Teachers Act Up!

Thoughts on Teaching, Language, and Social Change from Melisa "Misha" Cahnmann-Taylor

Monthly Archives: January 2017

Poem to Remember to Read on Thanksgiving

I’m going to assign a “thank you” poem assignment.  This one takes the cake, the pumpkin pie right off the turkey head.  This poem was published below on Perez’ website and is up for a prize from Rattle where it is written in couplets.





Thank you, instant mashed potatoes, your bland taste

makes me feel like an average American. Thank you,

incarcerated Americans, for filling the labor shortage

and packing potatoes in Idaho. Thank you, canned

cranberry sauce, for your gelatinous curves. Thank you,

Ojibwe tribe in Wisconsin, your lake is now polluted

with phosphate-laden discharge from nearby cranberry

bogs. Thank you, crisp green beans, you are my excuse

for eating apple pie ala mode later. Thank you, indigenous

migrant workers, for picking the beans in Mexico’s farm belt,

may your children survive the season. Thank you, NAFTA,

for making life dirt cheap. Thank you, Butterball Turkey,

for the word, butterball, which I repeat all day butterball,

butterball, butterball because it helps me swallow the bones

of genocide. Thank you, dark meat for being so juicy

(no offense, dry and fragile white meat, you matter too).

Thank you, 90 million factory farmed turkeys, for giving

your lives during the holidays. Thank you, factory farm

workers, for clipping turkey toes and beaks so they don’t scratch

and peck each other in overcrowded, dark sheds. Thank you,

genetic engineering and antibiotics, for accelerating

their growth. Thank you, stunning tank, for immobilizing

most of the turkeys hanging upside down by crippled legs.

Thank you, stainless steel knives, for your sharpened

edge and thirst for throat. Thank you, de-feathering

tank, for your scalding-hot water, for finally killing the last

still conscious turkeys. Thank you, turkey tails, for feeding

Pacific Islanders all year round. Thank you, empire of

slaughter, for never wasting your fatty leftovers. Thank you,

tryptophan, for the promise of an afternoon nap;

I really need it. Thank you, store bought stuffing,

for your ambiguously ethnic flavor, you remind me

that I’m not an average American. Thank you, gravy,

for being hot-off-the-boat and the most beautiful

brown. Thank you, dear readers, for joining me at the table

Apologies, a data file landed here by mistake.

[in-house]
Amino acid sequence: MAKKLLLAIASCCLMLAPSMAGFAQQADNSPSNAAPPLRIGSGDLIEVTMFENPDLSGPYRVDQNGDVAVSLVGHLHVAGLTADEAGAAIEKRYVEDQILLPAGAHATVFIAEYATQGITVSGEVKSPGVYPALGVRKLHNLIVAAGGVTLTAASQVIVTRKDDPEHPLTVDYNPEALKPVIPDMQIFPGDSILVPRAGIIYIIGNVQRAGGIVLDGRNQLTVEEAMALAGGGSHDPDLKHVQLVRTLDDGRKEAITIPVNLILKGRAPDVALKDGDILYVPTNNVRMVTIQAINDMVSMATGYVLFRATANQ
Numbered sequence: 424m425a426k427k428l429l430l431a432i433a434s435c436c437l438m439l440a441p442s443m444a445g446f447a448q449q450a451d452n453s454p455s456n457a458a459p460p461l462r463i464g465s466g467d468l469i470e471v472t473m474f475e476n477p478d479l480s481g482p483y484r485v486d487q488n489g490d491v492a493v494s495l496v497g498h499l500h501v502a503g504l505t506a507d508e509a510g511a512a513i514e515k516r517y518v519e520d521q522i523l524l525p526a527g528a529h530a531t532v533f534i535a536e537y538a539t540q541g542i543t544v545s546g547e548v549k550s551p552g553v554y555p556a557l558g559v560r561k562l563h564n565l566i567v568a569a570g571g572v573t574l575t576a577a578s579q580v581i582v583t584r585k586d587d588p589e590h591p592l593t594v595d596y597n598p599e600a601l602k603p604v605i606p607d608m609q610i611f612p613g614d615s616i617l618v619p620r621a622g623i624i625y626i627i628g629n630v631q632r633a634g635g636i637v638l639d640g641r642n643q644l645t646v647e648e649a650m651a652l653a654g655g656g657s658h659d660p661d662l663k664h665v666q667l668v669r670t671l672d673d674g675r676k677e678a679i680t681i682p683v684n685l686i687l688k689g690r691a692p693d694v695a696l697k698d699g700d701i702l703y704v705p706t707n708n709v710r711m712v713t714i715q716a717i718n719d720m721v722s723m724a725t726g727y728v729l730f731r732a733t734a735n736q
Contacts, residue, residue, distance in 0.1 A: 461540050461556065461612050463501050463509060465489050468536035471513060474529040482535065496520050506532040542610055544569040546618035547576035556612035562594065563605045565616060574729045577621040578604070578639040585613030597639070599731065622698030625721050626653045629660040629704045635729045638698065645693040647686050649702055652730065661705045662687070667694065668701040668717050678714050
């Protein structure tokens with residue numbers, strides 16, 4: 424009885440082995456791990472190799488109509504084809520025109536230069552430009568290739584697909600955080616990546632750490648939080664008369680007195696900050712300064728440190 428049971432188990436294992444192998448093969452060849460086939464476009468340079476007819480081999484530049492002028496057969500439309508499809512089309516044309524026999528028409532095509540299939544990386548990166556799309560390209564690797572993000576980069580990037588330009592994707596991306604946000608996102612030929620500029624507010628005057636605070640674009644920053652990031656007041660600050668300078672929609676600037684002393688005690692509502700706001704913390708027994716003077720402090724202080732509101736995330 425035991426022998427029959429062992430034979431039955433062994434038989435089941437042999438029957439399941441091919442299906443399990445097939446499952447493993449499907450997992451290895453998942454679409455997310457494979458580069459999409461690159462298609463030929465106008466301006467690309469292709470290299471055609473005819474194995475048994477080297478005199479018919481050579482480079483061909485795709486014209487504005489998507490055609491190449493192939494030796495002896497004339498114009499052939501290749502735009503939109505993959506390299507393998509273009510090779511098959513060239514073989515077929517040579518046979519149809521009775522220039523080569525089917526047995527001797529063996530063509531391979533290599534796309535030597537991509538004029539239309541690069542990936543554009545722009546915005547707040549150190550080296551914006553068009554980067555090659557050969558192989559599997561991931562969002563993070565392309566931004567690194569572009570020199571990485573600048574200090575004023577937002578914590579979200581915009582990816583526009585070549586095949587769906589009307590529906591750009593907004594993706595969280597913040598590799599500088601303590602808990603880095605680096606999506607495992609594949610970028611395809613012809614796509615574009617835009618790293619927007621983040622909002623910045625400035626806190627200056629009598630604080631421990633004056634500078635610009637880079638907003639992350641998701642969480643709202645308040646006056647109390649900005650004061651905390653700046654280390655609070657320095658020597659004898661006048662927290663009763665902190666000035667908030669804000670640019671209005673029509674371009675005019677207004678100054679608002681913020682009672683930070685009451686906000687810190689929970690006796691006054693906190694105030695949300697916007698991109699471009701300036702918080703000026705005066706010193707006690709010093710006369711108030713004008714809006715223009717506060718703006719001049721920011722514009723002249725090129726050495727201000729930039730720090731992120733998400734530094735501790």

of this poem. Please join hands, bow your heads, and repeat

after me: “Let us bless the hands that harvest and butcher

our food, bless the hands that drive delivery trucks

and stock grocery shelves, bless the hands that cooked

and paid for this meal, bless the hands that bind

our hands and force feed our endless mouth.

May we forgive each other and be forgiven.

Big league or did he say bigly

Here is my draft poem for class this week where we read Roethke’s “Dolor”–I tell my students to check their syllable counts (assignment is 10+ this week per line); review for “cliché,” power up verbs, make sure there’s music, grounded imagery, that their politics not be too heavy handed (or to absent).

I say: Work your words.  They matter.

response to this article and so much more: NYTimes Article


Sentence Diagram Dolor (draft)

after T. Roethke



I have known the relentless rules of grammar,

walls drawn between verbs and their subjects, direct

objects like trailing spouses, the burden

of adjectives describing hand sizes, pricking

nouns’ softened bellies, lead mistakes blurred

by pink erasers’ bluster, tear of ruled

paper, narrow blue lines, red cheeked errors

mudded with white out, the wet waiting to reclassify.

And I have winced at the confusion of phonics:

“big league” or did he say “bigly” to boast cuts

in taxes, regulations, speed by which we sign

protest, beg language to govern again, coordinate

bent and broken lines to unify and rise.

January 20, 2017

“Ours is not the task of fixing the entire world all at once, but of stretching out to mend the part of the world that is within our reach. Any small, calm thing that one soul can do to help another soul, to assist some portion of this poor suffering world, will help immensely. It is not given to us to know which acts or by whom, will cause the critical mass to tip toward an enduring good. What is needed for dramatic change is an accumulation of acts, adding, adding to, adding more, continuing. We know that it does not take “everyone on Earth” to bring justice and peace, but only a small, determined group who will not give up during the first, second, or hundredth gale”

Clarissa Pinkola Estes